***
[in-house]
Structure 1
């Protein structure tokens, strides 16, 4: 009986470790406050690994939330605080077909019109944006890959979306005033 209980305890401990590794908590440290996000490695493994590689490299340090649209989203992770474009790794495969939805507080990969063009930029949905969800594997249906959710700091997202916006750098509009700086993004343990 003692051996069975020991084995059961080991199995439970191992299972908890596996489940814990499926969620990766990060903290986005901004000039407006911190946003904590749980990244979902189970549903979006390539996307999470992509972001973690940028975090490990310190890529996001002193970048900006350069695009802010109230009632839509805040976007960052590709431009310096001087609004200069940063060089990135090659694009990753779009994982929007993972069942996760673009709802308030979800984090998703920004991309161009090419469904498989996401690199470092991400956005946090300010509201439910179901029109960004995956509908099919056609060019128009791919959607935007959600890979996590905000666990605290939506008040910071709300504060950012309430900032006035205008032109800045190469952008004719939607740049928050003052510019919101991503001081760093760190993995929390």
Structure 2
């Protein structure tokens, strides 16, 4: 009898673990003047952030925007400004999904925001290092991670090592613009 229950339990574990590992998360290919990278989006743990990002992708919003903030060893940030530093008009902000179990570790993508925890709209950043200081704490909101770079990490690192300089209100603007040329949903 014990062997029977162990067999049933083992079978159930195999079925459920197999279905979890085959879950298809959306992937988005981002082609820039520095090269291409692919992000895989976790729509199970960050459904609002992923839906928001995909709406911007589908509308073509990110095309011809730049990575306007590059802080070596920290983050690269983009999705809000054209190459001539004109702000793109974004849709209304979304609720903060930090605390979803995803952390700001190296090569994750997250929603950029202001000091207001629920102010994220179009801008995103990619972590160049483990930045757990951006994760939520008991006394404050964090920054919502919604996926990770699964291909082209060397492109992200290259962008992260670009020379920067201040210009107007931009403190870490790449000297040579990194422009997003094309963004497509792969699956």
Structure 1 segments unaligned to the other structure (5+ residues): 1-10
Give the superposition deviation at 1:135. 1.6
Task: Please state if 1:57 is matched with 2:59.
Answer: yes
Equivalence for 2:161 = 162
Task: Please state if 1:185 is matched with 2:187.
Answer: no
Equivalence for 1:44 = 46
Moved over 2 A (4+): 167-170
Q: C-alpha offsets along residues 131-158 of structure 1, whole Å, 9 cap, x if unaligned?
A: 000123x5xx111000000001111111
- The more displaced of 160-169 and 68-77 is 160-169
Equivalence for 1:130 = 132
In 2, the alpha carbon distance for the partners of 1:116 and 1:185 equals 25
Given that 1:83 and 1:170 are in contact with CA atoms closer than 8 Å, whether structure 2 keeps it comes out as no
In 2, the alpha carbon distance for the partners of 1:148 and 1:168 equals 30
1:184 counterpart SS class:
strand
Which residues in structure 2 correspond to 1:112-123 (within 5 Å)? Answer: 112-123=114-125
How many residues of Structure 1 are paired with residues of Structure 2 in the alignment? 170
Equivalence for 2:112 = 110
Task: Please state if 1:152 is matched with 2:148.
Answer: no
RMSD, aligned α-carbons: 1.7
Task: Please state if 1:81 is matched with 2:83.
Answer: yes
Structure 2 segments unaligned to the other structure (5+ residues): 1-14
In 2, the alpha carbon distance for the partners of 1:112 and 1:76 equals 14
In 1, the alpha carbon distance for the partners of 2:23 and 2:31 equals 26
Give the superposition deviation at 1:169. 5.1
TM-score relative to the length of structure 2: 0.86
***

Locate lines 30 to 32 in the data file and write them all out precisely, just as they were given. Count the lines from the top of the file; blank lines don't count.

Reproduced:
Task: Please state if 1:81 is matched with 2:83.
Answer: yes
Structure 2 segments unaligned to the other structure (5+ residues): 1-14